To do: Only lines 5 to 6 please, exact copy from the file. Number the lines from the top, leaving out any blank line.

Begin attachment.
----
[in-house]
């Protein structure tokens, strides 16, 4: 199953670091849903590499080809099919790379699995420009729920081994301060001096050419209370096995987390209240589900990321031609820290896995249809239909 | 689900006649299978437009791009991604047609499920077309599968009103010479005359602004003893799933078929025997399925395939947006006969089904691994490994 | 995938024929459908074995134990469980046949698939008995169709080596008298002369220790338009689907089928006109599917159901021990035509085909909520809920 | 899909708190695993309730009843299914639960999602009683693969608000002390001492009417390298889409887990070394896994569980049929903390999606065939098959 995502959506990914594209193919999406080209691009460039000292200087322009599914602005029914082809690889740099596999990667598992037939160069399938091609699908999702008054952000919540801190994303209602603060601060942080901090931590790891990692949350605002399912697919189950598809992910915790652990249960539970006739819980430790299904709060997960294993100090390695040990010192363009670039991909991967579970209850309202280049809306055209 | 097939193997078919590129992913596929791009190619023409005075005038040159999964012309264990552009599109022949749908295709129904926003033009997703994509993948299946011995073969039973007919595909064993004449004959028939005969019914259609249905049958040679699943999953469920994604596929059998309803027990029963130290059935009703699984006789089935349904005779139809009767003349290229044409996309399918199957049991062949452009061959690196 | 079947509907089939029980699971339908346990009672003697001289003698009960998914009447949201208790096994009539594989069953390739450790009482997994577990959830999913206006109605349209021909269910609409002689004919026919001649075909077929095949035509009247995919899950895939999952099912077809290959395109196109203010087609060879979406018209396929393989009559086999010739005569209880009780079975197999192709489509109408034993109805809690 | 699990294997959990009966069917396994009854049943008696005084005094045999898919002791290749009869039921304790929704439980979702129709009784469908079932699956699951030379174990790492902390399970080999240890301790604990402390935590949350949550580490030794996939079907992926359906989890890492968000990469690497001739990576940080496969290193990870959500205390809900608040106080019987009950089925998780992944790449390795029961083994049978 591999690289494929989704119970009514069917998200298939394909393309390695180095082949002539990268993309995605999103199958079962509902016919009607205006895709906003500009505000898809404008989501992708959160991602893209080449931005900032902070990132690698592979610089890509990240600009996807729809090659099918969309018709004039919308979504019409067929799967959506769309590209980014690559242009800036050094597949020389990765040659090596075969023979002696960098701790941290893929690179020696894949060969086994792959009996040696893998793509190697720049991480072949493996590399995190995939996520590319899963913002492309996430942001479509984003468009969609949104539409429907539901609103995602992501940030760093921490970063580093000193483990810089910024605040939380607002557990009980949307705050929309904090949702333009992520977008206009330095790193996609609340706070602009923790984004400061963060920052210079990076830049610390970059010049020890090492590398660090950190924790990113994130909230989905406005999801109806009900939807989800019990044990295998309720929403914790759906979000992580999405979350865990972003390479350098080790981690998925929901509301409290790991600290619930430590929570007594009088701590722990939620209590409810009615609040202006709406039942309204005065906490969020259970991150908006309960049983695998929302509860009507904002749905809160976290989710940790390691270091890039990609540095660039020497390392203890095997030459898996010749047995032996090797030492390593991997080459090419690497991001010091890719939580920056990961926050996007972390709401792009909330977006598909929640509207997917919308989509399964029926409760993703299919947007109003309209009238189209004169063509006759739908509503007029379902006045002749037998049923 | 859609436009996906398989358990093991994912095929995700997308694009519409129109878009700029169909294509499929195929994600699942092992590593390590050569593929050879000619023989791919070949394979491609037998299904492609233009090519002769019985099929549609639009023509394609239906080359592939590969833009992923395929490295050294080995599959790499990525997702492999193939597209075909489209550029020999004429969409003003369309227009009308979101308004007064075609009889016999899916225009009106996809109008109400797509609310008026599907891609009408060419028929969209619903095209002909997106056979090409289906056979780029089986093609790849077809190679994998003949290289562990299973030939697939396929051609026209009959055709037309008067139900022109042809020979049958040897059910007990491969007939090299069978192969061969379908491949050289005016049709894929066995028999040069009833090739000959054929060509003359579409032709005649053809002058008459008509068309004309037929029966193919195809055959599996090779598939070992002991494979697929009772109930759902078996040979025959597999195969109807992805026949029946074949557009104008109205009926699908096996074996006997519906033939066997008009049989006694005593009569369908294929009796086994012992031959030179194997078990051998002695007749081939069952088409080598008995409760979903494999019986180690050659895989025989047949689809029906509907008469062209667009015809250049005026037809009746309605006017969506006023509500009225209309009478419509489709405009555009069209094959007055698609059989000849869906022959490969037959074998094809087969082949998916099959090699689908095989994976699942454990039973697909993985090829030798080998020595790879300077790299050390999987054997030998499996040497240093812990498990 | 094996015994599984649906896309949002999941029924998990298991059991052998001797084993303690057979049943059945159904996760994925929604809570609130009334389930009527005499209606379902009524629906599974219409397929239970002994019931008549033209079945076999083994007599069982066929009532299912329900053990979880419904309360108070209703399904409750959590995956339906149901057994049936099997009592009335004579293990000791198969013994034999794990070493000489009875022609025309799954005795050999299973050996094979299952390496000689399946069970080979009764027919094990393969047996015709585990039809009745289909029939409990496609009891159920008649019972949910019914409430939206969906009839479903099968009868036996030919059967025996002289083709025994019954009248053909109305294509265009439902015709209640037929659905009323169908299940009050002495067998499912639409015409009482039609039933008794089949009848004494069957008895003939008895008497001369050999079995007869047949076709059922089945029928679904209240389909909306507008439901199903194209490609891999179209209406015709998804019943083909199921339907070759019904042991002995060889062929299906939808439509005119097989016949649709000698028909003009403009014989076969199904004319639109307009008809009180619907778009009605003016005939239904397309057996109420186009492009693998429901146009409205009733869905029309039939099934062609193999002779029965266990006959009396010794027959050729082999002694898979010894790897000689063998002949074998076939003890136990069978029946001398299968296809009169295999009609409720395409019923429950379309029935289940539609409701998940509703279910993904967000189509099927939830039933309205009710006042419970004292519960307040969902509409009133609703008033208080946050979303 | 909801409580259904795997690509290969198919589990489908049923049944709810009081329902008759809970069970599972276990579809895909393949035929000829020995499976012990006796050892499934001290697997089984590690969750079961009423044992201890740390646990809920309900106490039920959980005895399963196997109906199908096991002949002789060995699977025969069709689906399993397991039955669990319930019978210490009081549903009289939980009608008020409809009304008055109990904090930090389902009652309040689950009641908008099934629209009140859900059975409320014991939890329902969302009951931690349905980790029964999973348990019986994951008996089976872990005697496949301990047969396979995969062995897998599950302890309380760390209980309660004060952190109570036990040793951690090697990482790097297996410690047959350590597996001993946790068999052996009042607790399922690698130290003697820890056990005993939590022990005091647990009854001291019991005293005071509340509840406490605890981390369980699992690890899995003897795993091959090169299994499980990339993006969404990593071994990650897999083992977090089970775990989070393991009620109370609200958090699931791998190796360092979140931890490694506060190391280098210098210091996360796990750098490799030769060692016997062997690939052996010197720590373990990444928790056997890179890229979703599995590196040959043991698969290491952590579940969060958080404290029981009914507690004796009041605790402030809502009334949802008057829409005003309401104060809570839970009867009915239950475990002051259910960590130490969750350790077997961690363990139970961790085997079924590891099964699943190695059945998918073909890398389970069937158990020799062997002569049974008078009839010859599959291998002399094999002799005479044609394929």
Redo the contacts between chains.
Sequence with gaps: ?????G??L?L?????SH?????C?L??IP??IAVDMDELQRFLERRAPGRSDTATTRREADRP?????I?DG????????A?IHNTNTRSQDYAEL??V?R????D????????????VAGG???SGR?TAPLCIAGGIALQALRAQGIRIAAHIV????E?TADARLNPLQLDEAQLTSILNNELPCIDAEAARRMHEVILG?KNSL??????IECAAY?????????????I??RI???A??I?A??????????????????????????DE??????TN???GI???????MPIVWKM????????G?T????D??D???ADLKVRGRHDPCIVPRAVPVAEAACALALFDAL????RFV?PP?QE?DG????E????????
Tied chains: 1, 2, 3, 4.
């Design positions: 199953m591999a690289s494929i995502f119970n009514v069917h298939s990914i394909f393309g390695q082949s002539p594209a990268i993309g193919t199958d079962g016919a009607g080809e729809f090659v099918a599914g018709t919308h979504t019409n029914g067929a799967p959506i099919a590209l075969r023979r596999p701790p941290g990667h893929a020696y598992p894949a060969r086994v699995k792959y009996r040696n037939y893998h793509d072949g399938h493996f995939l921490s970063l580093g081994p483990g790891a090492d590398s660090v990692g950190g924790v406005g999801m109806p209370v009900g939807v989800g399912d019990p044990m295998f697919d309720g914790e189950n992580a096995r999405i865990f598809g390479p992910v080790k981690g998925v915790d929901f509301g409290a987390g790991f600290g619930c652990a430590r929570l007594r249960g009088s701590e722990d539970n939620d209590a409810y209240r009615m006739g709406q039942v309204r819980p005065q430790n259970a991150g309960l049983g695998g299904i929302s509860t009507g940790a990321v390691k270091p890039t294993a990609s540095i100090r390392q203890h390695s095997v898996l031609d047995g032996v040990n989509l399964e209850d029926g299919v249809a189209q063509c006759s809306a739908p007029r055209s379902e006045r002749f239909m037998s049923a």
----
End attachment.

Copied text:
Tied chains: 1, 2, 3, 4.
């Design positions: 199953m591999a690289s494929i995502f119970n009514v069917h298939s990914i394909f393309g390695q082949s002539p594209a990268i993309g193919t199958d079962g016919a009607g080809e729809f090659v099918a599914g018709t919308h979504t019409n029914g067929a799967p959506i099919a590209l075969r023979r596999p701790p941290g990667h893929a020696y598992p894949a060969r086994v699995k792959y009996r040696n037939y893998h793509d072949g399938h493996f995939l921490s970063l580093g081994p483990g790891a090492d590398s660090v990692g950190g924790v406005g999801m109806p209370v009900g939807v989800g399912d019990p044990m295998f697919d309720g914790e189950n992580a096995r999405i865990f598809g390479p992910v080790k981690g998925v915790d929901f509301g409290a987390g790991f600290g619930c652990a430590r929570l007594r249960g009088s701590e722990d539970n939620d209590a409810y209240r009615m006739g709406q039942v309204r819980p005065q430790n259970a991150g309960l049983g695998g299904i929302s509860t009507g940790a990321v390691k270091p890039t294993a990609s540095i100090r390392q203890h390695s095997v898996l031609d047995g032996v040990n989509l399964e209850d029926g299919v249809a189209q063509c006759s809306a739908p007029r055209s379902e006045r002749f239909m037998s049923a």